What is cob?

Here at Eco Caminhos, we use a lot of cob. But what exactly is cob?

Cob is a natural building (bioconstruction) technique consisting of clay, sand, and straw which is all mixed together with some water. As an earthen construction, it has a very low environmental impact, can be made with locally sourced – even onsite – materials, and results in BEAUTIFUL builds!

Colmeia: our first natural building (bioconstruction) house right here on the Eco Caminhos farm.

The term cob comes from medieval England. As a building technique, however, cob has been developed independently by various cultures from all around the world since ancient times. Some of the world’s oldest structures were made with cob and many have survived to this day because of how durable the structures are! Because of this long and multicultural history, it is important to note that cob also goes by many other names (like adobe). More recently, cob construction enjoyed a revival in Europe and the US during the 1970s because of its superior durability and sustainability in comparison to modern building techniques. 

Making cob is pretty simple, too. You mix clay, sand, and straw with water to form a homogeneous and plastic mass. Taking chunks of this mass and stacking them on top of one another allows us to lift walls for homes and buildings. You could also build a variety of other structures like furniture and ovens! Cob, once dry, resembles concrete and is very hard and sturdy.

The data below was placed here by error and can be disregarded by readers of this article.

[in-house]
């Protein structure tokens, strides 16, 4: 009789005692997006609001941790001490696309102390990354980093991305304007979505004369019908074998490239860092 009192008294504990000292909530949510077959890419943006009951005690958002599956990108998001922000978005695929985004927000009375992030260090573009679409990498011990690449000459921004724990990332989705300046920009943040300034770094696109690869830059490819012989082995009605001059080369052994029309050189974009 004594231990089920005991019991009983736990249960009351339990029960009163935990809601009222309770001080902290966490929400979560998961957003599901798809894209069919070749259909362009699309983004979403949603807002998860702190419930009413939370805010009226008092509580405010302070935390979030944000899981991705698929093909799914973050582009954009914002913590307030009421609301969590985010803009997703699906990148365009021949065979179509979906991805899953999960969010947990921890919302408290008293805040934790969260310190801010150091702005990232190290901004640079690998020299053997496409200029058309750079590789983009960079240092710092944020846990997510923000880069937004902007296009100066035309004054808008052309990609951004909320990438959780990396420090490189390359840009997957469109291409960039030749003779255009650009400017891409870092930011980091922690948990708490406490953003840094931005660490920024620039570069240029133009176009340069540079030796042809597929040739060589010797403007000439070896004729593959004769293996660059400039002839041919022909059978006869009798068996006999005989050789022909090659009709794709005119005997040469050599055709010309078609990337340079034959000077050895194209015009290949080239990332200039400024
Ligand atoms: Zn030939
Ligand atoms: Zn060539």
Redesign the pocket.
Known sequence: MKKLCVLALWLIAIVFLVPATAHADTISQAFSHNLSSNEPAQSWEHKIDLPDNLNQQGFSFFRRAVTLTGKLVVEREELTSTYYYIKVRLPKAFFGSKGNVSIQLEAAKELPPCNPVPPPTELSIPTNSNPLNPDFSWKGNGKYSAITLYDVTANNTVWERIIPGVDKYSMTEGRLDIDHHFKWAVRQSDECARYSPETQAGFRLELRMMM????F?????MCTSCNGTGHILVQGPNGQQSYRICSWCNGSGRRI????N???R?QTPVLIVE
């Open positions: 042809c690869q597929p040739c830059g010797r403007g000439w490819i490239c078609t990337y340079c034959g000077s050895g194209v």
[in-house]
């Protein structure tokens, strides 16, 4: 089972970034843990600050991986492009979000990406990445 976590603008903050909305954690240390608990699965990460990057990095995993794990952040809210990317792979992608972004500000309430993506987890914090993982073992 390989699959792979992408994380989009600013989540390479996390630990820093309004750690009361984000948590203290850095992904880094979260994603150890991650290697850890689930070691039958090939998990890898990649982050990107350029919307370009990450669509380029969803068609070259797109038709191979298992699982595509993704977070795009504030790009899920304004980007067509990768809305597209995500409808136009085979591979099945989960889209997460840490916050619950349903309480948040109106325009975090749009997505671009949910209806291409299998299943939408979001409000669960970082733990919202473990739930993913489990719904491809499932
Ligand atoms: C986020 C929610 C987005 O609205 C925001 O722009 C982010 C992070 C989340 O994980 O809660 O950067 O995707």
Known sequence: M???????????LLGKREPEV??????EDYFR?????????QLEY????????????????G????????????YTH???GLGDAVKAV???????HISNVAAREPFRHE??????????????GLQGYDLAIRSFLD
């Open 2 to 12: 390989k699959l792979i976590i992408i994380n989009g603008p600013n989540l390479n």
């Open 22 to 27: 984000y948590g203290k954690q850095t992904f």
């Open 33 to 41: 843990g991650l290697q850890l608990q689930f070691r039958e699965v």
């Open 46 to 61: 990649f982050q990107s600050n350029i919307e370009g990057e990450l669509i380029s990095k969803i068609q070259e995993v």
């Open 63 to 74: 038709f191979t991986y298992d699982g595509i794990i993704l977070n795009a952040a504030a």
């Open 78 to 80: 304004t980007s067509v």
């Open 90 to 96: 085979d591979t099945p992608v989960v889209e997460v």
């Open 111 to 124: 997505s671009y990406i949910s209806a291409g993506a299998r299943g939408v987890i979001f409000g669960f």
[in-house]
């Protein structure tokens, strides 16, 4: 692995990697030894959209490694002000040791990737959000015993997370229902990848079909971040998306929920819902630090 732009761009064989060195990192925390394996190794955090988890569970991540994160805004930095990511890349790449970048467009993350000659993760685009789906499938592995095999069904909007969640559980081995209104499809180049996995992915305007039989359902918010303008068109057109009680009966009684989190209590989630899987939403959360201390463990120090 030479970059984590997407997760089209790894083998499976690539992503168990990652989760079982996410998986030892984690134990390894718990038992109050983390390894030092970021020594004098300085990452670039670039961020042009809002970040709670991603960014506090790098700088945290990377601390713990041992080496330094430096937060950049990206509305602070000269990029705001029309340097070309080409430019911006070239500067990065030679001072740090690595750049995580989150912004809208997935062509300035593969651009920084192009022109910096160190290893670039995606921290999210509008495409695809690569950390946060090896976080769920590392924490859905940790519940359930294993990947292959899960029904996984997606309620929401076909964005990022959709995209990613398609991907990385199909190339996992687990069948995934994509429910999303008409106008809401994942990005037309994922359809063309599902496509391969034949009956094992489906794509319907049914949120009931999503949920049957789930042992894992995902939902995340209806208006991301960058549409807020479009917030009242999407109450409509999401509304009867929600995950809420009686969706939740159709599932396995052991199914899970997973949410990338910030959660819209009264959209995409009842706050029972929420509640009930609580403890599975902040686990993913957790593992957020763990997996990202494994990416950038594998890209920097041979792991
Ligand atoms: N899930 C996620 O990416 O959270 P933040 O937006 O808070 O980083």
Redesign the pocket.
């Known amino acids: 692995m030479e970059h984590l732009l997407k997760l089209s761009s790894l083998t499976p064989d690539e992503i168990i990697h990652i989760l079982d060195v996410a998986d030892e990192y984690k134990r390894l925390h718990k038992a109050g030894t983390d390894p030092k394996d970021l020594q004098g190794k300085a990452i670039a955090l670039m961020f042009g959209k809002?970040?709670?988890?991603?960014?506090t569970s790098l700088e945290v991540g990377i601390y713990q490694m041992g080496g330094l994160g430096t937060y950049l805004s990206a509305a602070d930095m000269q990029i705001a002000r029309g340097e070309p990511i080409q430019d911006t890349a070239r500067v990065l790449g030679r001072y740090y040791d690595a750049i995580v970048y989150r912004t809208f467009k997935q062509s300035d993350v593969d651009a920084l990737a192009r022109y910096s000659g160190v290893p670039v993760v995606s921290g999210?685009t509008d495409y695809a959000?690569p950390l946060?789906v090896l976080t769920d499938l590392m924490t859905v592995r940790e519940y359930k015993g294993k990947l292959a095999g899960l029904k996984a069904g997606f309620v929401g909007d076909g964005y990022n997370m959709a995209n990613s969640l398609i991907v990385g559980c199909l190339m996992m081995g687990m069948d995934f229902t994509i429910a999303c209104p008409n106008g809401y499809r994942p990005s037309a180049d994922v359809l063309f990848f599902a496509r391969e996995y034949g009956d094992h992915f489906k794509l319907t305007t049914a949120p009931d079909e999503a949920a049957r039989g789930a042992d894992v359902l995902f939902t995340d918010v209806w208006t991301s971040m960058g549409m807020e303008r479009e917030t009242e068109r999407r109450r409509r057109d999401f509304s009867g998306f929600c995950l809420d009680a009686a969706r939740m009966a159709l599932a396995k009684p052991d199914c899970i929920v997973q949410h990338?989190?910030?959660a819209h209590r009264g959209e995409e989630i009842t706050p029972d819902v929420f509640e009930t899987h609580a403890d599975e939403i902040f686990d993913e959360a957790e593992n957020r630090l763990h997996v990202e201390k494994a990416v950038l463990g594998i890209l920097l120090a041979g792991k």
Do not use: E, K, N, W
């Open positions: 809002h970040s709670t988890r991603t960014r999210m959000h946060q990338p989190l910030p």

Cob is a mixture of clay, sand, and straw with water that forms a homogeneous and plastic mass.

Cob’s moldability allows us to build almost any form in a variety of styles, so it should be no surprise why it has become so popular in natural building (bioconstruction). From traditional homes with straight walls, to unconventional and alternative styles with curves and domes, cob can do it all!

It can also be used in conjunction with other materials and building techniques. One example is wattle and daub, where walls are made by filling and covering a bamboo framework with cob. Some other examples include cob walls made with reused glass or plastic bottles fitted into them, and frame and furniture inlays made of the same mixture. 

Despite its simplicity, cob as a construction technique is extremely safe, durable, sustainable, and capable of creating comfortable living environments for us. Due to its earthen properties, thick cob walls offer great thermal insulation and reduce indoor humidity which, in turn, reduces energy consumption for heating and cooling. 

Naturally built cob homes are wonderful, for they give us the freedom to build whatever we like, can be integrated into the surrounding landscape, are sustainable and environmentally friendly, and even surpass conventional construction techniques on several fronts. Check out some of our cob-based projects here and see for yourself!